This one’s a bit of a scary thought. Despite failing to impress sim racers not once, but twice, with the officially licensed WRC titles that were both buggy as fuck and incredibly underwhelming from a gameplay standpoint, it appears the shovelware developer – alongside publishing partner-in-crime BigBen Interactive – have secured the rights to develop both the next Test Drive Unlimited title, as well as FlatOut 4.

I’m not looking forward to either of these titles, and I have a damned good reason for that. The two Test Drive Unlimited games were both mammoth undertakings, as each developer had been required to essentially build a compelling experience around a serviceable replica of Oahu and Ibiza, which simply isn’t a task for a team whose only claim to fame is a line of yoga games, and a rally racer that most sane people refunded after less than an hour of playtime. My concerns are mirrored for Kylotonn’s FlatOut 4, as the franchise relied on an incredible damage model and competent artificial intelligence, neither of which Kylotonn are capable of producing as a team.

untitled-3World of Speed is Most Likely Dead

Those of you who eagerly followed the development process of Project CARS may remember a little game by the name of World of Speed; a free-to-play online racer created by Slightly Mad Studios, which used assets from Project CARS yet substituted the grueling real-world physics of a hardcore racing simulator to a package significantly more approachable for newcomers. The work was taken up by Slightly Mad Studios as a side project to acquire additional income and continue to fund the development of their primary product, but was eventually handed off to Lauda Interactive – headed up by Niki Lauda’s son. Yes, that Niki Lauda. He’s a video game designer now, I guess.

It’s been hard to follow what’s happened to World of Speed since then, as Lauda Interactive’s website hasn’t been updated in several months, and most dedicated driving game news outlets tend to cover simulators first, and leave any time left over for mainstream arcade games rather than stuff stuck in development hell. Thankfully, the English-speaking section of World of Speed’s official forums contains what’s supposedly a short official post from the Russian developers, indicating closed testing did not go well, they have no time frame for when the next round of testing will take place, and… well… yeah. This game probably isn’t coming.

823946118_preview_grab_059Studio 397 Released the Super GT Nissan GTR for rFactor 2

Mere days after I had published an article mocking Studio 397 for a relatively underwhelming December blog post, which indicated rFactor 2 would remain a fairly uninteresting simulator for the foreseeable future, the team now in charge of developing of rFactor 2 went out and released the exact car I had used as an example of ISI’s general ineptitude; the Super GT-spec Nissan GTR. Thanks guys, here’s your gold star!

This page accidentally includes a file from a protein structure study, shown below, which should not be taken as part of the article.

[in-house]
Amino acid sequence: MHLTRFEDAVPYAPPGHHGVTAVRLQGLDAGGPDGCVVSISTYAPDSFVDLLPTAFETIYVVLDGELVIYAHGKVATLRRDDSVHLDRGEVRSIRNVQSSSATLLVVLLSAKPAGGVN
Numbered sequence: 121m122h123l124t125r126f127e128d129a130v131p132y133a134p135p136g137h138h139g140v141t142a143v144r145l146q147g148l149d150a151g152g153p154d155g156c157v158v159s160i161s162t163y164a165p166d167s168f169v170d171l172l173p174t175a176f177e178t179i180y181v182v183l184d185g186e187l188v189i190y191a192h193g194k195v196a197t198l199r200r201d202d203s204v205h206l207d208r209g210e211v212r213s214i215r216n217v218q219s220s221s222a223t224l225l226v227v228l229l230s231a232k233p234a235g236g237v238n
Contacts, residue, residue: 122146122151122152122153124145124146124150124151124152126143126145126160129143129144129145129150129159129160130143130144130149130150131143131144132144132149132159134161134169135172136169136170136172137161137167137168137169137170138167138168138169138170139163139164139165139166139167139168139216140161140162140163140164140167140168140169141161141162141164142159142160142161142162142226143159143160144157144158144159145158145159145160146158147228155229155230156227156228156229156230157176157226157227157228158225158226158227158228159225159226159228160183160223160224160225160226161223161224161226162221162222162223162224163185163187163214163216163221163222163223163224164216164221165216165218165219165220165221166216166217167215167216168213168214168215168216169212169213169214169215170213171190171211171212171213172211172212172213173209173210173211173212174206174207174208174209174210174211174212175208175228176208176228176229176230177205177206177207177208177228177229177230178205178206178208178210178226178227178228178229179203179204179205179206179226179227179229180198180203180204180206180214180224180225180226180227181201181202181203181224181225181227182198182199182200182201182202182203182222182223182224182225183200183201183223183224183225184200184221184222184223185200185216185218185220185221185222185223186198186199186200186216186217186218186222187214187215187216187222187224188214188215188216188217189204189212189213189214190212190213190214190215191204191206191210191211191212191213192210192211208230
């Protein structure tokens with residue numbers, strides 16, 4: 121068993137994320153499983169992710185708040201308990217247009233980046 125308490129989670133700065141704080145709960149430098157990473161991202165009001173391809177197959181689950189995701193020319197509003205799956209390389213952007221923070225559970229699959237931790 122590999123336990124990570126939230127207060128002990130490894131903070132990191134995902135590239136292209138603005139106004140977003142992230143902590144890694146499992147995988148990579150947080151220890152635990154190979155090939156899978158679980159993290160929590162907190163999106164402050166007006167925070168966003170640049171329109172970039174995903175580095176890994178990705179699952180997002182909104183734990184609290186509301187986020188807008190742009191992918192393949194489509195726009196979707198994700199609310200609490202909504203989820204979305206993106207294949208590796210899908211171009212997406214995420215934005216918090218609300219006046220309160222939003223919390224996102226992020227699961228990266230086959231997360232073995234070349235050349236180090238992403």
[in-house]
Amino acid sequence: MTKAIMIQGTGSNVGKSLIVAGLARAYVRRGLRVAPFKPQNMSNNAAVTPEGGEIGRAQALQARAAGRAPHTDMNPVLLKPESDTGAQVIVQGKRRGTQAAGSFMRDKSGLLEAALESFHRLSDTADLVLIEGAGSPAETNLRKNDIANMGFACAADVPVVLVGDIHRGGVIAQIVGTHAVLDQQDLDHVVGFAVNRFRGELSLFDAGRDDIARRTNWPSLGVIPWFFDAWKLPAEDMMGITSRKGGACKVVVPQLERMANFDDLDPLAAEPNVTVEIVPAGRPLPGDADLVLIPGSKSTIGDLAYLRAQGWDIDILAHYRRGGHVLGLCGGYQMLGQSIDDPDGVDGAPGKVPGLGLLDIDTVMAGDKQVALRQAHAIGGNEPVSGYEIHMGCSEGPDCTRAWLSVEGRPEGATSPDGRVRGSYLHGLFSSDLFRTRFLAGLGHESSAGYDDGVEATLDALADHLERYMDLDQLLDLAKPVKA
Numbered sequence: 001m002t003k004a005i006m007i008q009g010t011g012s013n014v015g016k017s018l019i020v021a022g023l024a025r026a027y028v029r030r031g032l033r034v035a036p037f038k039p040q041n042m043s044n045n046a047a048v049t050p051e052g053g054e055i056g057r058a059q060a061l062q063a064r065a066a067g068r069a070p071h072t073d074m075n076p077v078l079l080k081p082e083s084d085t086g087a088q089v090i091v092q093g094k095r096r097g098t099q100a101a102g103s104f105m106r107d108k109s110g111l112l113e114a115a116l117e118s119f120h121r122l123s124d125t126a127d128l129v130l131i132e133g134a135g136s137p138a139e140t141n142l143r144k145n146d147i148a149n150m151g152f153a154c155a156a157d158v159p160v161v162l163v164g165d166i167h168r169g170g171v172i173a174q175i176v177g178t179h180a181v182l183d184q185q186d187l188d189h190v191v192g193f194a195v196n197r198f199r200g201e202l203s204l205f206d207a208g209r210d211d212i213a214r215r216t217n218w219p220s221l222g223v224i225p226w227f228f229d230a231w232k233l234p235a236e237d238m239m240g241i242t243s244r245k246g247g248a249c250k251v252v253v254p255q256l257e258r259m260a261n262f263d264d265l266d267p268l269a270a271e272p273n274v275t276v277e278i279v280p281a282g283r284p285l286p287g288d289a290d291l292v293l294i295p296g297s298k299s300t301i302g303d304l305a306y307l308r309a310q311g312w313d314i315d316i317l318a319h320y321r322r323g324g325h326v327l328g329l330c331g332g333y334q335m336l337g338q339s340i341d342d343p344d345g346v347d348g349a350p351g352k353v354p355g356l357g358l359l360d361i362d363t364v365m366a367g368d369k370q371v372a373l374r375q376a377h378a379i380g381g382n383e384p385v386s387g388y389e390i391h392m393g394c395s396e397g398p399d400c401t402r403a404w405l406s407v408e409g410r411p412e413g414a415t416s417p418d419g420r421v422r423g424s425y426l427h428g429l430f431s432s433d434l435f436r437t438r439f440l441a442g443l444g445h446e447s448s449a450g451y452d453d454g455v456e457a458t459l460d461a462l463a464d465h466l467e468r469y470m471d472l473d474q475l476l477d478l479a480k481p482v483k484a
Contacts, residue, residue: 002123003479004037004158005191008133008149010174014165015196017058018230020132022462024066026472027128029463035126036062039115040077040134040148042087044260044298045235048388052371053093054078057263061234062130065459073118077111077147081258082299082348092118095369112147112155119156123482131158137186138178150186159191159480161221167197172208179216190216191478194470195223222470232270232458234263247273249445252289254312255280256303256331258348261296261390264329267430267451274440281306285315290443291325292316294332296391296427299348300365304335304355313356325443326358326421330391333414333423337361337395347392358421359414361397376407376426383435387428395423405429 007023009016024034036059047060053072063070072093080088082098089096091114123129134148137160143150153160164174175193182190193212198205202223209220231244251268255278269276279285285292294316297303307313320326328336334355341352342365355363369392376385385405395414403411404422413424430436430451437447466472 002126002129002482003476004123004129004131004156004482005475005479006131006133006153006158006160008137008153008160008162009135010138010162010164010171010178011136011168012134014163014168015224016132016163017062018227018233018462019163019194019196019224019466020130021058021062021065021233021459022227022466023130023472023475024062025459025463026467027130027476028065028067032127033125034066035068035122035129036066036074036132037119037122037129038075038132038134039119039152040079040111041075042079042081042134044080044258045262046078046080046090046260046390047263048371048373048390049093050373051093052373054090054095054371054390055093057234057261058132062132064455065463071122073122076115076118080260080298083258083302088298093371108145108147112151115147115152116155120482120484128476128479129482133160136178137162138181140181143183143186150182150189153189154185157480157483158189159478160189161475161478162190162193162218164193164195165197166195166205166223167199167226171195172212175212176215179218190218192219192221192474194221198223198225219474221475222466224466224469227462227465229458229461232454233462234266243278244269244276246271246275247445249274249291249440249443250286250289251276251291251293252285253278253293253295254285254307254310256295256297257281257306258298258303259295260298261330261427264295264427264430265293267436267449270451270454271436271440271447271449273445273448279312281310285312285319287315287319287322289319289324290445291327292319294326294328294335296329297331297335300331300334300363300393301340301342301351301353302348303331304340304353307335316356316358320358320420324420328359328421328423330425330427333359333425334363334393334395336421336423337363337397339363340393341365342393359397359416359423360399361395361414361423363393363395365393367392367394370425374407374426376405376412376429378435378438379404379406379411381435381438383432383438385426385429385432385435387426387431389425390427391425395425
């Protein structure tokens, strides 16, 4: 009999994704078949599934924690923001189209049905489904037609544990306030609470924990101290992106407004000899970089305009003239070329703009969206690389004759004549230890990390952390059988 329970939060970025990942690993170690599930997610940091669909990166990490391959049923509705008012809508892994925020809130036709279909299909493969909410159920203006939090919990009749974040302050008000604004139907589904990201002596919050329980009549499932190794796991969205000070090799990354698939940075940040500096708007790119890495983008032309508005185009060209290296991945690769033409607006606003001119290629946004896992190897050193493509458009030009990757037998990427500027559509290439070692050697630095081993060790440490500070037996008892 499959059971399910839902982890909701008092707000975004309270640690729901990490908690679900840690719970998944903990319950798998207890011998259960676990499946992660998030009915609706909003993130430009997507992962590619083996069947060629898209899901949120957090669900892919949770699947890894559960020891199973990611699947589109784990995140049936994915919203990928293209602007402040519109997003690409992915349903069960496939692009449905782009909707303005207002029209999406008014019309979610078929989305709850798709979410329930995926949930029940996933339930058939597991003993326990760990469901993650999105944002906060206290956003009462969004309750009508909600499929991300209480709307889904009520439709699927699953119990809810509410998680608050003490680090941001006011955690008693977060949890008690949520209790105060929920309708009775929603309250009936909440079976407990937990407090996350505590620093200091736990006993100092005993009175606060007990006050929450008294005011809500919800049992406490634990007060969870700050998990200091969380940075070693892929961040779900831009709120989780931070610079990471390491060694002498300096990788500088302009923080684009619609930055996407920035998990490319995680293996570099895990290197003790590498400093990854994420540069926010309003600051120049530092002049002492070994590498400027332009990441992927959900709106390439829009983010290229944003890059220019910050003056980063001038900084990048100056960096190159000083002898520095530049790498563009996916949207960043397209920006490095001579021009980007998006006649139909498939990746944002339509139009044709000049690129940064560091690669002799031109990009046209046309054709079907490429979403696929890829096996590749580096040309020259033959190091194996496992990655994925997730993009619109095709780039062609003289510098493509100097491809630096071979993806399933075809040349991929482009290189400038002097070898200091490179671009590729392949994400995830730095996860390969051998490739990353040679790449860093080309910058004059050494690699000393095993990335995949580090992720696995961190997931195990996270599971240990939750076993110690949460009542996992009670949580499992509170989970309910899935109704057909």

On a more serious note, the timing of the Nissan GTR release displays just how far Image Space Incorporated had fallen off the map in the sim racing community, considering a completely random developer team were able to package the car and upload it almost upon request. The sim racing community has been loaded with obnoxious Jehovah Witness-like personalities begging to share the good news of rFactor 2 to anyone who would lend an ear, but the release of the streamlined GTR indicated just how bizarre it was for them to worship Image Space Incorporated as sim racing gods. ISI were truly sitting on their asses, almost reluctant to work on their own product as entire years flew off the calendar, and yet here comes a new team that was able to put out a car first announced in 2013 in a matter of days. Even though I’m the administrator of a private rFactor 2 league in my spare time, I still refuse to have this game installed on my hard drive, but I gotta give credit here where credit is due – Studio 397 knocked it out of the park on this one. It’s an admittedly small gesture to release a car people had been waiting on for years, but the timing of it was absolutely perfect – and hilarious.

Though like I said, it definitely brings into question what’s happening at Image Space Incorporated.

ams-2016-12-11-15-08-31-27Make no mistake, the 2016 calendar year was absolutely awful for sim racing as a genre. Quite simply, there were a whole lot of games either released or given substantial updates, yet not a single one of them stood above the rest, nor put up a valiant fight against the quality products released in other video game genres; each of them instead offered a half-baked experience that got some select aspects correct, but never the whole enchilada. It’s clear that many developers who call sim racing their home are running on fumes and pipe dreams, but unlike the previous 365 days, 2017 brings with it a glimmer of hope and optimism.